New York’s senior elected officials met with Reverend Al Sharpton in Harlem Monday to discuss the Dr. Celebrating Martin Luther King (MLK) Day and the enduring legacy of the legendary civil rights leader.
When the National Action Network (NAN) began its MLK Day celebrations around 2 p.m. on January 16, the organization’s leader, Reverend Al Sharpton, was still on a plane and, after sharing breakfast with President Joe Biden, flew out of Washington DC return. As Sharpton made his way to Harlem, notable speakers not only saluted Doctor King, but also acknowledged the importance his message still holds in 2023.
Congressman Hakeem Jeffries had spoken many times before at NAN headquarters at 106 West 145th St., but his rousing speech Monday afternoon was his first as House Minority Leader. While Jeffries hailed King for the changes he was able to effect in the American civil rights movement, Jeffries also targeted those he says are making efforts to reverse those advances.
“What will we do to meet the challenges of the moment, from the life, legacy, leadership, lessons of Dr. King to learn and we have some challenges. People who don’t like the progress made. People who want to turn back the clock. Haters run across the country – malice in high places. People who want to accept the theoretical ministry of Martin Luther King Jr. but not his good work. Celebrate him, but don’t glorify the work he’s done,” Jeffries exclaimed.
Jeffries added that some politicians believe Dr. King, but failed to heed the reverend’s teachings by pushing to eliminate benefits such as affordable housing, Medicare, reproductive freedom, and voting rights.
“Some people who go to church and pray on Sundays, but then they come to Washington DC and they’re chasing – chasing – chasing the American people. They come to Washington, DC and hunt down the American people, hunt down the poor, hunt down the sick, hunt down the downtrodden, hunt down the lowly, the lost and the left behind,” Jeffries added.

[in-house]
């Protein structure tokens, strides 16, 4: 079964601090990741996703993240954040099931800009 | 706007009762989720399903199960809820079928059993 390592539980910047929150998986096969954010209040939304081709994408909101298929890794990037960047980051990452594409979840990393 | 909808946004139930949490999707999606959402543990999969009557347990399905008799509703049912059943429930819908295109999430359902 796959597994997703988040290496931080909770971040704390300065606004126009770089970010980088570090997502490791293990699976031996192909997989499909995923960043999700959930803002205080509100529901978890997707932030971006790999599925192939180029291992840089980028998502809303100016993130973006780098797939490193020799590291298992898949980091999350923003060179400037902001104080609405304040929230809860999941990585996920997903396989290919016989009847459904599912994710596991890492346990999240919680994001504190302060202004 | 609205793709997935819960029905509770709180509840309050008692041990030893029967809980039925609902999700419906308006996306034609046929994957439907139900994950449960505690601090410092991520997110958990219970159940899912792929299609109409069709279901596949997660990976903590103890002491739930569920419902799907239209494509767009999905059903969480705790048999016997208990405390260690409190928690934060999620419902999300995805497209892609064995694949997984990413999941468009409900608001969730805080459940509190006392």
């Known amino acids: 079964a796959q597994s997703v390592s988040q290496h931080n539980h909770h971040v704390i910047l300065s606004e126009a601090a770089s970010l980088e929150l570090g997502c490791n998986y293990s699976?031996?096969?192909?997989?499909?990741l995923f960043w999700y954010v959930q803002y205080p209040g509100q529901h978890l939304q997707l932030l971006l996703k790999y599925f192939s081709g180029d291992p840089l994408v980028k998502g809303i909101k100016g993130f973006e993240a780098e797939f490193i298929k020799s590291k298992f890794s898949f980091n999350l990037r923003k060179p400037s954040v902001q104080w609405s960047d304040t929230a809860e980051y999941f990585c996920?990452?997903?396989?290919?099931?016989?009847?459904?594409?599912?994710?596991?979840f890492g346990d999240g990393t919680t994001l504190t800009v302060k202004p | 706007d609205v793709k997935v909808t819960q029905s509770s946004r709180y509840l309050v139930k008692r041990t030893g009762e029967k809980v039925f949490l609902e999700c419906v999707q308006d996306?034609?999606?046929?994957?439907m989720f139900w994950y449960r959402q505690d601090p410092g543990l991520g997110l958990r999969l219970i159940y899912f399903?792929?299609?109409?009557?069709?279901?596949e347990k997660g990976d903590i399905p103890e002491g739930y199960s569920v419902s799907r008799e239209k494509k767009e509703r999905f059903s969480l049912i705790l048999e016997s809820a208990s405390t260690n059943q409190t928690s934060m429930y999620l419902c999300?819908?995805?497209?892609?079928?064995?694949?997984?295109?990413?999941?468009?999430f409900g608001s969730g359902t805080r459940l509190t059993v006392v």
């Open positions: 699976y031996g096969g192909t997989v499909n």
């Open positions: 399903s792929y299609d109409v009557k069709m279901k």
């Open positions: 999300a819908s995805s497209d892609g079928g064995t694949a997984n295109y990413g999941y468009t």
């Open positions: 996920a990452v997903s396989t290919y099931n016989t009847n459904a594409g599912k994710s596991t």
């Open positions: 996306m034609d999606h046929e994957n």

Reverend Sharpton arrived just after 3:00 p.m. Monday, in time to introduce Governor Kathy Hochul. In a proclamation to the Reverend Sharpton, the Governor wrote of her work in office to the late Dr. King and explained that because of his teachings, she yearned to fight for the rights of the people.
“I’m old enough to remember him when he was alive. I read a book called ‘Childhood of Famous Americans,'” Gov. Hochul said. “I found out about his murder – I will never forget it. Our family, we all grew up in a social justice catholic family, holding hands and praying and crying. Because what would become of our country without that conscience of America calling us to be better than we were at that time in our history? But I never lost that. That drew me into public service.”
Mayor Eric Adams also paid tribute to King. However, he also wanted to acknowledge the fruits of King’s labor. Adams celebrated the black and brown men and women who are now in office thanks to the struggles King fought, including Adams himself. He applauded the chairmen of key committees, the chairmen of the Senate, the New York City Council, the majority of county presidents and other city and state roles earned by people of color.
“The actual celebration of Dr. So King is saying he marched for it, that’s what our ancestors fought for,” Adams said. “So we’re not just going to think about the dream. We will live the dream and move our city and country in a direction that a dream should take us.”